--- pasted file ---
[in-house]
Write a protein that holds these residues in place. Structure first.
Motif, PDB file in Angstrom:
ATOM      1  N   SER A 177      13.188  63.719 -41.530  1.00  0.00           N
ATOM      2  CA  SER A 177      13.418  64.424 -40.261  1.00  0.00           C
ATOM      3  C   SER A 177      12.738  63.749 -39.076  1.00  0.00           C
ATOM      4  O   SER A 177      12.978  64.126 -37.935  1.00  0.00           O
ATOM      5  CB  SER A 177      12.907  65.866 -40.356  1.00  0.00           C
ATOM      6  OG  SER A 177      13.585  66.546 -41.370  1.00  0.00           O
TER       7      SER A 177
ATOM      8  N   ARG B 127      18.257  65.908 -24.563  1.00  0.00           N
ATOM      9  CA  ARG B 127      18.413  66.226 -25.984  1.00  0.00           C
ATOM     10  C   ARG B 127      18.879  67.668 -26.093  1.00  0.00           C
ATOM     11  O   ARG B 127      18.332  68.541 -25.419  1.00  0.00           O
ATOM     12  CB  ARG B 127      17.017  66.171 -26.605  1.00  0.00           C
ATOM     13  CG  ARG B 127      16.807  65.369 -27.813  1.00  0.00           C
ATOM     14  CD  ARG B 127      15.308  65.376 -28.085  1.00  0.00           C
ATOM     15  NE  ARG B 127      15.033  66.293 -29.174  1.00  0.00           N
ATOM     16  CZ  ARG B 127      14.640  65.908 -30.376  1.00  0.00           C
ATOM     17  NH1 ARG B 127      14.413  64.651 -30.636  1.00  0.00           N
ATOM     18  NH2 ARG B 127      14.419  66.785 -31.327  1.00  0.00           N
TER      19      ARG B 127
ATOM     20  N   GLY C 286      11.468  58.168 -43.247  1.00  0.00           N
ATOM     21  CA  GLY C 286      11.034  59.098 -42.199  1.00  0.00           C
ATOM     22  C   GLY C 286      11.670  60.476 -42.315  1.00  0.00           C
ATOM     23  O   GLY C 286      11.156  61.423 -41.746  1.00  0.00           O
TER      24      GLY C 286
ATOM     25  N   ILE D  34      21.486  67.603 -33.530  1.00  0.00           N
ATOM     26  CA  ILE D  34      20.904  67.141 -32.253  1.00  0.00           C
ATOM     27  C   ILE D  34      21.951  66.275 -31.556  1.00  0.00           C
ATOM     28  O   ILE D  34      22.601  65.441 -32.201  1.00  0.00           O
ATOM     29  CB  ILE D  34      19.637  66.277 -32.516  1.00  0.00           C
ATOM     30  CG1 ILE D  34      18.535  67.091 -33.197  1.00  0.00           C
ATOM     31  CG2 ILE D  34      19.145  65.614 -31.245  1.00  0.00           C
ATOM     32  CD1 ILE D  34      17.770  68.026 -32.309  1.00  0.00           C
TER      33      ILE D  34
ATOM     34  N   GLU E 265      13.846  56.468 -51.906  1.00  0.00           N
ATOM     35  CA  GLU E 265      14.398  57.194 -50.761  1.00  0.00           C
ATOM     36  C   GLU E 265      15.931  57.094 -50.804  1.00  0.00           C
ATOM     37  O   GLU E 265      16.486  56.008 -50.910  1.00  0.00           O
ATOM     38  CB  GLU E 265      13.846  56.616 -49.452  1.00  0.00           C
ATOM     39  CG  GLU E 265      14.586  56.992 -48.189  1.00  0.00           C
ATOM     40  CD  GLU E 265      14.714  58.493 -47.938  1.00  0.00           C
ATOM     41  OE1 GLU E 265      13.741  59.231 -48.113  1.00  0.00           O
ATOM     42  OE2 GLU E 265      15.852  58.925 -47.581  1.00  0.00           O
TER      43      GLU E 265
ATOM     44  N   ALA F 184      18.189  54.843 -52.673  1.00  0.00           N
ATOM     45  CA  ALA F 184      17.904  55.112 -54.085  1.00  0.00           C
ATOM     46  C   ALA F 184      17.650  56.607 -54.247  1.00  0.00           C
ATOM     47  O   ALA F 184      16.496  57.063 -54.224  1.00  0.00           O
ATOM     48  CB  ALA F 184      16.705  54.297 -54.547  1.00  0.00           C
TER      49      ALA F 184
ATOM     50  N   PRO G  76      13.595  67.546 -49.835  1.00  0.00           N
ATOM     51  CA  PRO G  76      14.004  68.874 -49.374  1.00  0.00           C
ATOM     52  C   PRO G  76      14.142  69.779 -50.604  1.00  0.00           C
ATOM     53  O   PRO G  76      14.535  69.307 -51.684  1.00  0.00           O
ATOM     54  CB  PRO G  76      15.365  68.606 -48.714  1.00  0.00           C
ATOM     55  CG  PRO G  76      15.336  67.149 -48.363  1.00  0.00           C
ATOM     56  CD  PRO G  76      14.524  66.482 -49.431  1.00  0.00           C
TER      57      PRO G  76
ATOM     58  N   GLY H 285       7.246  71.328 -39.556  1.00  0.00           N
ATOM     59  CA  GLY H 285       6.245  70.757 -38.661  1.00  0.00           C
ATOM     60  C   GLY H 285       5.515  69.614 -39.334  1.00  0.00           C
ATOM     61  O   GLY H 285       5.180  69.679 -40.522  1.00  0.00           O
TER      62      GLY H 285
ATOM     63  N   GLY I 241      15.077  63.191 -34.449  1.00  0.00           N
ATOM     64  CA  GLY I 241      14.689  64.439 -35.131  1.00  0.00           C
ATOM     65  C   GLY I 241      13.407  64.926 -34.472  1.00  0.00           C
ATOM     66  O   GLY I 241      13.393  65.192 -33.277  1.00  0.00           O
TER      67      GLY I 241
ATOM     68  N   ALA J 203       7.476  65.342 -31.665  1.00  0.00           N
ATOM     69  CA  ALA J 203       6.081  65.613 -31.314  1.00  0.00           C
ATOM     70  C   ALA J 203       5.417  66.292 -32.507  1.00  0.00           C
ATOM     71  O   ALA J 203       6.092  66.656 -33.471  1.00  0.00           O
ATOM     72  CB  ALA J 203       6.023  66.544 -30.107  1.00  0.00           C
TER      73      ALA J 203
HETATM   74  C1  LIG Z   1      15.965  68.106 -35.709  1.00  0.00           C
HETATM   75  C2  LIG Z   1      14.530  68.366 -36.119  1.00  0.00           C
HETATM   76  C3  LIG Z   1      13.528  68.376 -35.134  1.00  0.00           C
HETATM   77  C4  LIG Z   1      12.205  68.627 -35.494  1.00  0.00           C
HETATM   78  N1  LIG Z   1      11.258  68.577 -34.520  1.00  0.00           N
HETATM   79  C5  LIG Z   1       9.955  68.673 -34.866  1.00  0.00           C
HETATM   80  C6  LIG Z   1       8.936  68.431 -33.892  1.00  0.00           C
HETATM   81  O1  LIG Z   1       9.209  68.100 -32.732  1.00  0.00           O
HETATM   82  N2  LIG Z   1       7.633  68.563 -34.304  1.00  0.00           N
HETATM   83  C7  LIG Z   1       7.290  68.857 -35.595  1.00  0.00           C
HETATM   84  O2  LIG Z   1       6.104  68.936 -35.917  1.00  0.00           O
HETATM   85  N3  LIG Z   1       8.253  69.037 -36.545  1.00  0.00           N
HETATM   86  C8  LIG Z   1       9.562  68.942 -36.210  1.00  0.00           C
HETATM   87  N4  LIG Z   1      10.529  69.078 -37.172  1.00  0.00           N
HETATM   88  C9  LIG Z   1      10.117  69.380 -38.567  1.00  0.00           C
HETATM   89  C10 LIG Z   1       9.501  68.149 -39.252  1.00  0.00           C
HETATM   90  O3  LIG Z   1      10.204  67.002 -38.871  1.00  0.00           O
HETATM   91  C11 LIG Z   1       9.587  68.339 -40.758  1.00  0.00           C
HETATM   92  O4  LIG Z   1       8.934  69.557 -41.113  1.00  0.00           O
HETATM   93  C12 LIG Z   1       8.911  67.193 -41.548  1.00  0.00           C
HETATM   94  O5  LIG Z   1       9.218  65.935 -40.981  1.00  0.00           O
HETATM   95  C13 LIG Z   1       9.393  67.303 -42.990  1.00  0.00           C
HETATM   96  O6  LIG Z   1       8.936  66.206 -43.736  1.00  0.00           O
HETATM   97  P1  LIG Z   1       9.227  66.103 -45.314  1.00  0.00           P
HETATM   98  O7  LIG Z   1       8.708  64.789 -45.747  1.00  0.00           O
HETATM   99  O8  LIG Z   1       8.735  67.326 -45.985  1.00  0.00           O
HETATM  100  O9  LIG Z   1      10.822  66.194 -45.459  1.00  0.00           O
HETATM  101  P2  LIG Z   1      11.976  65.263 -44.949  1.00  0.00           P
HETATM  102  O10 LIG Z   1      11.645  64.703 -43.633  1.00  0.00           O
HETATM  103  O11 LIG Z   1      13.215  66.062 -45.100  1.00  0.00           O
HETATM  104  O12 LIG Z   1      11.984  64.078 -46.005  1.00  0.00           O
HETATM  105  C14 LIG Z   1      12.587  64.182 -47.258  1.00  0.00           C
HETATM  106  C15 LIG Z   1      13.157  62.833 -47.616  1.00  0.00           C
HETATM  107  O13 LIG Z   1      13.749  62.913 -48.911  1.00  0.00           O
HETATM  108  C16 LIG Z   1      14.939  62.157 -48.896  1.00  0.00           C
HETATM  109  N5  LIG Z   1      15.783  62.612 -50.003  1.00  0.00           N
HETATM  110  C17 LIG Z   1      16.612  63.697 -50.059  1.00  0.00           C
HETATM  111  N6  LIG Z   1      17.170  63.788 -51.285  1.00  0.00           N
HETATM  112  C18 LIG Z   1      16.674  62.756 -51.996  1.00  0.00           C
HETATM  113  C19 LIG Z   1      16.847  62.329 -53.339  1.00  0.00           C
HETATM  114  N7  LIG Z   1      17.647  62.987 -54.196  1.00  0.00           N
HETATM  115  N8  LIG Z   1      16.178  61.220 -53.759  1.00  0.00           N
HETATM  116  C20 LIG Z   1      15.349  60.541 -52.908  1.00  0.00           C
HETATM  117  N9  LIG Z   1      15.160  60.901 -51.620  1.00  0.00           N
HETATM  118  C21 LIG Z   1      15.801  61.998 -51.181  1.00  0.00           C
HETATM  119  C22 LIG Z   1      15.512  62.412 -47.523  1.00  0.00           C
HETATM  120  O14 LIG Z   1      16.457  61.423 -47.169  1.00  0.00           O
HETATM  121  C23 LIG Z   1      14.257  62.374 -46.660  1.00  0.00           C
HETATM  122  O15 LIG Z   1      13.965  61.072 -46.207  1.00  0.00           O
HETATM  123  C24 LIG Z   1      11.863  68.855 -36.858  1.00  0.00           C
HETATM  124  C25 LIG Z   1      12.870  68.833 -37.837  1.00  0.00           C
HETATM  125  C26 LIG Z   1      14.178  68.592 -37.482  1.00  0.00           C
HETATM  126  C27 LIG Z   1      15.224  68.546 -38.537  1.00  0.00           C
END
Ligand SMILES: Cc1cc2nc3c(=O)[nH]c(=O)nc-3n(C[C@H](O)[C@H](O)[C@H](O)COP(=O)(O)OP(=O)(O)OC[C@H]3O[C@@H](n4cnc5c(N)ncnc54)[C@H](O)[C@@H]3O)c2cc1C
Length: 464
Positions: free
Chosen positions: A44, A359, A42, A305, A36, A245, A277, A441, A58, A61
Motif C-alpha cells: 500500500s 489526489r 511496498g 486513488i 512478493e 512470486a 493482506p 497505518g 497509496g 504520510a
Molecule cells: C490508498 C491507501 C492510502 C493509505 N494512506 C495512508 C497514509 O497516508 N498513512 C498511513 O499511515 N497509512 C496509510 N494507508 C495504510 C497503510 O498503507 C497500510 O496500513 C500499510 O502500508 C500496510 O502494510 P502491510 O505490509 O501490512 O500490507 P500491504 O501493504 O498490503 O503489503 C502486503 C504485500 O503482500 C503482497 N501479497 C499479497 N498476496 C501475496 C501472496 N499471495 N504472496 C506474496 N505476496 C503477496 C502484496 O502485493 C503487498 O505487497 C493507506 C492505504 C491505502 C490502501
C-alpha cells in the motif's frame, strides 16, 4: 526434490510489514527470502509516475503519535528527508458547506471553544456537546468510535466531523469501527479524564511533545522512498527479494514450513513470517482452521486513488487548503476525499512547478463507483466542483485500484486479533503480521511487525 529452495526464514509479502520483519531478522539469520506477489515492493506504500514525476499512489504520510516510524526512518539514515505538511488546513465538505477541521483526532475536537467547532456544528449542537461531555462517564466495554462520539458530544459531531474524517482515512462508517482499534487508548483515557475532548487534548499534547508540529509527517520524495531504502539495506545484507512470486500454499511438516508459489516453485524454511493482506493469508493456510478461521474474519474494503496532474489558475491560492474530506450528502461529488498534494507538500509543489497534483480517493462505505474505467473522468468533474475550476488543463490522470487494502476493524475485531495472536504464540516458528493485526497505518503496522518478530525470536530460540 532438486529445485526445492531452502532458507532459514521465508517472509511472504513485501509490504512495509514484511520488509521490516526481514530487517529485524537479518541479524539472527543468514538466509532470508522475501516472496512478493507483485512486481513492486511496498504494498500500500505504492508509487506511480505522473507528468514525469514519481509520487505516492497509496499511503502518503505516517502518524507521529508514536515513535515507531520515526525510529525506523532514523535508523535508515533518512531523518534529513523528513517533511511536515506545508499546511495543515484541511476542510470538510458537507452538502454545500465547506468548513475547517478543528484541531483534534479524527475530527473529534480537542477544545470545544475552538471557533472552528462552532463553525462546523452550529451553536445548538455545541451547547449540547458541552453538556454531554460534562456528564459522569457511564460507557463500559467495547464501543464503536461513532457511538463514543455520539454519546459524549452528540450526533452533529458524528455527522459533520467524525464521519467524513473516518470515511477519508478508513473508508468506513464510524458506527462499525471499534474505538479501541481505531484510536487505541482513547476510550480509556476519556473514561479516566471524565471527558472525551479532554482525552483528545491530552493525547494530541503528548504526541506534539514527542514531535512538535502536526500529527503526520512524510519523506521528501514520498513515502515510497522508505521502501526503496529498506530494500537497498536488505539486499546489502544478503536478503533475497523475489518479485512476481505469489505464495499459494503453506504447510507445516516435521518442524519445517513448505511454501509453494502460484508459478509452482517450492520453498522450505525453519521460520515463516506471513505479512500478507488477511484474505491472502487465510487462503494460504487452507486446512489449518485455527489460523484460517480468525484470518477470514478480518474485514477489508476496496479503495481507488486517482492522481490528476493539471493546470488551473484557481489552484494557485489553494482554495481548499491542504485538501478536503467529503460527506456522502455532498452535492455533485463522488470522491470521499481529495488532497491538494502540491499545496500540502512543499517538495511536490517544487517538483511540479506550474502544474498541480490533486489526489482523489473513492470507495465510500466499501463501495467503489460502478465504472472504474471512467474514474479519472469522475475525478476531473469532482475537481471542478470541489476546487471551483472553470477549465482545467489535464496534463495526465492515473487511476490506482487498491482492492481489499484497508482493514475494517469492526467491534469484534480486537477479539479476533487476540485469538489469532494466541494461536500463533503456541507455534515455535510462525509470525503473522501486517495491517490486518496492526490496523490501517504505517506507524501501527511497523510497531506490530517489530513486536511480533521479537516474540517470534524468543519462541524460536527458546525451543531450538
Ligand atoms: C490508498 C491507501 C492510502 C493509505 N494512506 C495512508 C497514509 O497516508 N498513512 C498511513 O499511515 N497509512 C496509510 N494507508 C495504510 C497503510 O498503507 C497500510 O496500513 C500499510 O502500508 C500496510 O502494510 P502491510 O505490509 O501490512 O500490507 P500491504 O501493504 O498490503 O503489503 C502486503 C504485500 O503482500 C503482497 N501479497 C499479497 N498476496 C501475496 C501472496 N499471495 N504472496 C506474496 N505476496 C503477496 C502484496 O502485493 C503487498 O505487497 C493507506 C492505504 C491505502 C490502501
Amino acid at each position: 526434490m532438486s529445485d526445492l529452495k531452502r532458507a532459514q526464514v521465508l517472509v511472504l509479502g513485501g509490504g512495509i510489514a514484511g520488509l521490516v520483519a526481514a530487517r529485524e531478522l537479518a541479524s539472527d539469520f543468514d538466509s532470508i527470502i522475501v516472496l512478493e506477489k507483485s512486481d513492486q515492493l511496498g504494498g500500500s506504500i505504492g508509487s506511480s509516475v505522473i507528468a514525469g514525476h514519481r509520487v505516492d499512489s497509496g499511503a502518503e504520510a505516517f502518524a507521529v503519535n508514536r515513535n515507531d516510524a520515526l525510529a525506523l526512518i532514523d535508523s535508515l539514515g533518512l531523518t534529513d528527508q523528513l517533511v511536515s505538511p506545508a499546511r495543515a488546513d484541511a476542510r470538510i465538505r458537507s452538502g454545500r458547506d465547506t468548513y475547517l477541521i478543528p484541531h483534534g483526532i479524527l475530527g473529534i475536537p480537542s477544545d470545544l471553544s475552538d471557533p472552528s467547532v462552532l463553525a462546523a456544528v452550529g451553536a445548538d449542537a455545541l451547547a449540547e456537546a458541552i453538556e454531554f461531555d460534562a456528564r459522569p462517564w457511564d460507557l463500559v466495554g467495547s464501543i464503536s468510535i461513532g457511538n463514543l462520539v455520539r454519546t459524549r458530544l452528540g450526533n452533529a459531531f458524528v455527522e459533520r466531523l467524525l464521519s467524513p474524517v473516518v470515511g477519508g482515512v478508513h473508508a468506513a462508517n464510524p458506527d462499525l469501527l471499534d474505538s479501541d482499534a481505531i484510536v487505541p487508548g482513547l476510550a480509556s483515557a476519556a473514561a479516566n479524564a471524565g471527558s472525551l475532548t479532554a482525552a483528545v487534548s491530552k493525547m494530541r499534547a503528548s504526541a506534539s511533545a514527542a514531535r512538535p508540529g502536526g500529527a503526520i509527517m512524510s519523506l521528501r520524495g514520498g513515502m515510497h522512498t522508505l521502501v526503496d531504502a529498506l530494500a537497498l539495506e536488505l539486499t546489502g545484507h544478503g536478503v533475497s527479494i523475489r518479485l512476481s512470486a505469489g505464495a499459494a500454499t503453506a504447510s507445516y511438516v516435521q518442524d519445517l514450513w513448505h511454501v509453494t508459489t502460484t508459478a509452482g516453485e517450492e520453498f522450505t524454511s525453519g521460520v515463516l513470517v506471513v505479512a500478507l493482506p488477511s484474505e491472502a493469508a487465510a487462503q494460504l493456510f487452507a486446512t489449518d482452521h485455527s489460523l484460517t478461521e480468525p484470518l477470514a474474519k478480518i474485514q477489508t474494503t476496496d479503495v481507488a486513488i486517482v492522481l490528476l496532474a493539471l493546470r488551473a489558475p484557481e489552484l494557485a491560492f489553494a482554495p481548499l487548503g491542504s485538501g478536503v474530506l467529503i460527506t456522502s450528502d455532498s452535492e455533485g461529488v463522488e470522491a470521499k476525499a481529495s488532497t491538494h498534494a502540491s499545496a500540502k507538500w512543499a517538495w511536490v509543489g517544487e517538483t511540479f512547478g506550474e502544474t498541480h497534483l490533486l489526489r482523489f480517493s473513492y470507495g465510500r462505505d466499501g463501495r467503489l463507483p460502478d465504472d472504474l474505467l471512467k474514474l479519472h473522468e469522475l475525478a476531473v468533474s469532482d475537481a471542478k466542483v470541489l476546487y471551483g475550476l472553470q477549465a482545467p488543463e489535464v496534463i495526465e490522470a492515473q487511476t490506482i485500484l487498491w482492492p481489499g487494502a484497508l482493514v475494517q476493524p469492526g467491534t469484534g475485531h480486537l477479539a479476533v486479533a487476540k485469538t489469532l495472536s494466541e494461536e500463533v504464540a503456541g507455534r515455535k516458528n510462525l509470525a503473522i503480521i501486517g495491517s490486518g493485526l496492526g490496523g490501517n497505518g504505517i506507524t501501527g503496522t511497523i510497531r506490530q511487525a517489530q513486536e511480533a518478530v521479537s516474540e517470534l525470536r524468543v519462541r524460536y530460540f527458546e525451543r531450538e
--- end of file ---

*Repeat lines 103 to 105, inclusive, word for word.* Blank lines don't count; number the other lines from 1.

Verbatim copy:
HETATM  100  O9  LIG Z   1      10.822  66.194 -45.459  1.00  0.00           O
HETATM  101  P2  LIG Z   1      11.976  65.263 -44.949  1.00  0.00           P
HETATM  102  O10 LIG Z   1      11.645  64.703 -43.633  1.00  0.00           O